One trouble with this plan is that oil, coal, natural gas, and oil sands are so cheap that no one will want to switch away from fossil fuels to solar until they are closer to running out. I have been taught since I was a kid (and Goodstein repeats) that it is better to use our finite reserve of hydrocarbons to make plastic and pharmaceuticals instead of burn it. That makes about as much sense as conserving water. If there was a shortage of plastics expected, the manufacturers would bid up the price of plastic. The economy works great to use resources where they are needed most.

Economics also works great to use resources when they are needed most. Economics predicts that because owners have to be made indifferent between extracting now and extracting later that the price of non-renewable resources will rise roughly at the rate of interest. If it rose faster, it would pay to wait to extract later. If it rose slower, it would pay to extract it all now and put the money in the bank. It is not a big leap from there to say that the price of oil now and the interest rate make a very good predictor of the price of oil for next year and the year after. If in 20 years the price of fossil fuels is still less than the price of bottled water, it will take some effort to get people to switch to solar.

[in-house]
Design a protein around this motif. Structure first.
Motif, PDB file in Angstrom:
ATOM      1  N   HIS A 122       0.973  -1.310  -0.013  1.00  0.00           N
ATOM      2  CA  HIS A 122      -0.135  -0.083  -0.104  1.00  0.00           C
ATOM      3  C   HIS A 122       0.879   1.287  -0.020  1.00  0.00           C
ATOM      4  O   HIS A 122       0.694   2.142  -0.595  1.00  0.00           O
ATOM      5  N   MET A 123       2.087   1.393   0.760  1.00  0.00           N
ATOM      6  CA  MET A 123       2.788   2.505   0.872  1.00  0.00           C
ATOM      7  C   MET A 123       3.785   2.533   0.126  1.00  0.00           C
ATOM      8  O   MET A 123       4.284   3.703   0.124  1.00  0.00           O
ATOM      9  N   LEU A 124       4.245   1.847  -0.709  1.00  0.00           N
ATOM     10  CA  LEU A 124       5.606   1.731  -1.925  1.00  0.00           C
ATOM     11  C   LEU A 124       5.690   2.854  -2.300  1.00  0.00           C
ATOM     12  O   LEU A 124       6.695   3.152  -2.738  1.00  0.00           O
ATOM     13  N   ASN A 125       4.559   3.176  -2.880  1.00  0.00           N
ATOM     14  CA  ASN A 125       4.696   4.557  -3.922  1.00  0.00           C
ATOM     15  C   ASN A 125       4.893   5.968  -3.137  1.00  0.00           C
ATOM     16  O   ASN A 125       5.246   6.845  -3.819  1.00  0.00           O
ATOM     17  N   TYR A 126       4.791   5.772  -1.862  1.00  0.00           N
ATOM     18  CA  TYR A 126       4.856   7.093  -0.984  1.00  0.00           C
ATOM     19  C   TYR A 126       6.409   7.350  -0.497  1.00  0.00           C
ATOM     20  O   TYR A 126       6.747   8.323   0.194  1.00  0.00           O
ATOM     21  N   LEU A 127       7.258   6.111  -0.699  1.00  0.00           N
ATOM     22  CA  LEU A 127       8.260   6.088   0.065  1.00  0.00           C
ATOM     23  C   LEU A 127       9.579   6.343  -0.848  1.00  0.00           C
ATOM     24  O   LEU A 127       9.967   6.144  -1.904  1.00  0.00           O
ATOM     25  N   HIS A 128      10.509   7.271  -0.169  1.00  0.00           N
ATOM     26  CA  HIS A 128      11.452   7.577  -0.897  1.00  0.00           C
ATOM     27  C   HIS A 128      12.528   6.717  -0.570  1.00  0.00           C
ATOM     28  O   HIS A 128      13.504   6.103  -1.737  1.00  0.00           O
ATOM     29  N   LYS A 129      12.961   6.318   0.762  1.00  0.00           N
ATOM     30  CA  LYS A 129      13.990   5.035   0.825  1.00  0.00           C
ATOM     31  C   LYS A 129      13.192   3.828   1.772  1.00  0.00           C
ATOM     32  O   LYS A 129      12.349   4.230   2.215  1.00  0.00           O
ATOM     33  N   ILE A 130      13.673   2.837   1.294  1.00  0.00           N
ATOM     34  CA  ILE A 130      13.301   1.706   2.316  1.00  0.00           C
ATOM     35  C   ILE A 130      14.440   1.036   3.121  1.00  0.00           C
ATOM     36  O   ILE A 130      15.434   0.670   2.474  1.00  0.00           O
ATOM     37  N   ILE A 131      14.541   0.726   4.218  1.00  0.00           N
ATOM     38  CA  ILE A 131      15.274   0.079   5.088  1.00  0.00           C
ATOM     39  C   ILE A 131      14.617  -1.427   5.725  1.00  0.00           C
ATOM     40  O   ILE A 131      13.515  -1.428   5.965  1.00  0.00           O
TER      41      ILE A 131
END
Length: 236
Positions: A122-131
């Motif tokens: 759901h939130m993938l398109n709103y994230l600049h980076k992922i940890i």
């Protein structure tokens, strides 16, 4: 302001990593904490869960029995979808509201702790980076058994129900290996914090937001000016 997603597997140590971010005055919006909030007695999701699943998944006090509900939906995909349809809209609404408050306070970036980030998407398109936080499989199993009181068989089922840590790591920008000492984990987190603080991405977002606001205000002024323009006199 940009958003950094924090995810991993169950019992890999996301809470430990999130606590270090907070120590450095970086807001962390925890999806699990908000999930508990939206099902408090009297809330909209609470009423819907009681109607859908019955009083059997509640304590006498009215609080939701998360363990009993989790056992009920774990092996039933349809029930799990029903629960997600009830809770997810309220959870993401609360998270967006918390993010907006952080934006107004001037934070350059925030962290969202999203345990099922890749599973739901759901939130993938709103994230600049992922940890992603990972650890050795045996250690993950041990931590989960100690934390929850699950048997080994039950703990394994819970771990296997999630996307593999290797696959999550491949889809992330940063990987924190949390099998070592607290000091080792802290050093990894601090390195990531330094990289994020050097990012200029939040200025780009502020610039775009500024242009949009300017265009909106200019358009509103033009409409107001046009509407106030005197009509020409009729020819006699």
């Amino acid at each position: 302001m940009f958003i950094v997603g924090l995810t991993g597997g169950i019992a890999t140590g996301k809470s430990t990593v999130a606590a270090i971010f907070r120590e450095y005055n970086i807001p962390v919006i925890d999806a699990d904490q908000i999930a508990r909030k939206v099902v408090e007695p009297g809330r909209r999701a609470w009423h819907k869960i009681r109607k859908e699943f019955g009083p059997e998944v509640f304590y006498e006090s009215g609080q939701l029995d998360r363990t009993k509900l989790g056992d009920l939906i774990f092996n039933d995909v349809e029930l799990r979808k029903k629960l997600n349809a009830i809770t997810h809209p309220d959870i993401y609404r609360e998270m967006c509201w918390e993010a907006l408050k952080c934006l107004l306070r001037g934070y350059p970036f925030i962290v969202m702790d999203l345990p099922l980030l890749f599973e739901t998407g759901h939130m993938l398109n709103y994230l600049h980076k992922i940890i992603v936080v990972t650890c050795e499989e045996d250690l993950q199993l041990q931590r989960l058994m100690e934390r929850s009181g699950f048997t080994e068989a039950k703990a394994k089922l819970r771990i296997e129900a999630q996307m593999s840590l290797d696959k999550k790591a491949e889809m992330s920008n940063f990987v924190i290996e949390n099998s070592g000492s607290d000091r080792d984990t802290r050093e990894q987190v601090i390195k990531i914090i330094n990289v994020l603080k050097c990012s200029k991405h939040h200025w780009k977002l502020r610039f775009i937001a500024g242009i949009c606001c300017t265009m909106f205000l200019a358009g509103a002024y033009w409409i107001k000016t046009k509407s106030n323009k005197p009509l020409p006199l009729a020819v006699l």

The key argument that Goodstein misses is that he should be looking for Hubbert’s peak for global fossil fuel energy usage instead of for oil… Oil use peaking in 2010 is a non-event in the global economy if energy use keeps going up.

So the markets say that Goodstein is wrong when he predicts a major social upheaval in the transition away from oil. (Of course it was also predicting in April that the price would be $0.24/liter in 2024.) If you don’t believe my calm prediction, buy oil stocks or build a bolt hole somewhere, depending on your level of disbelief.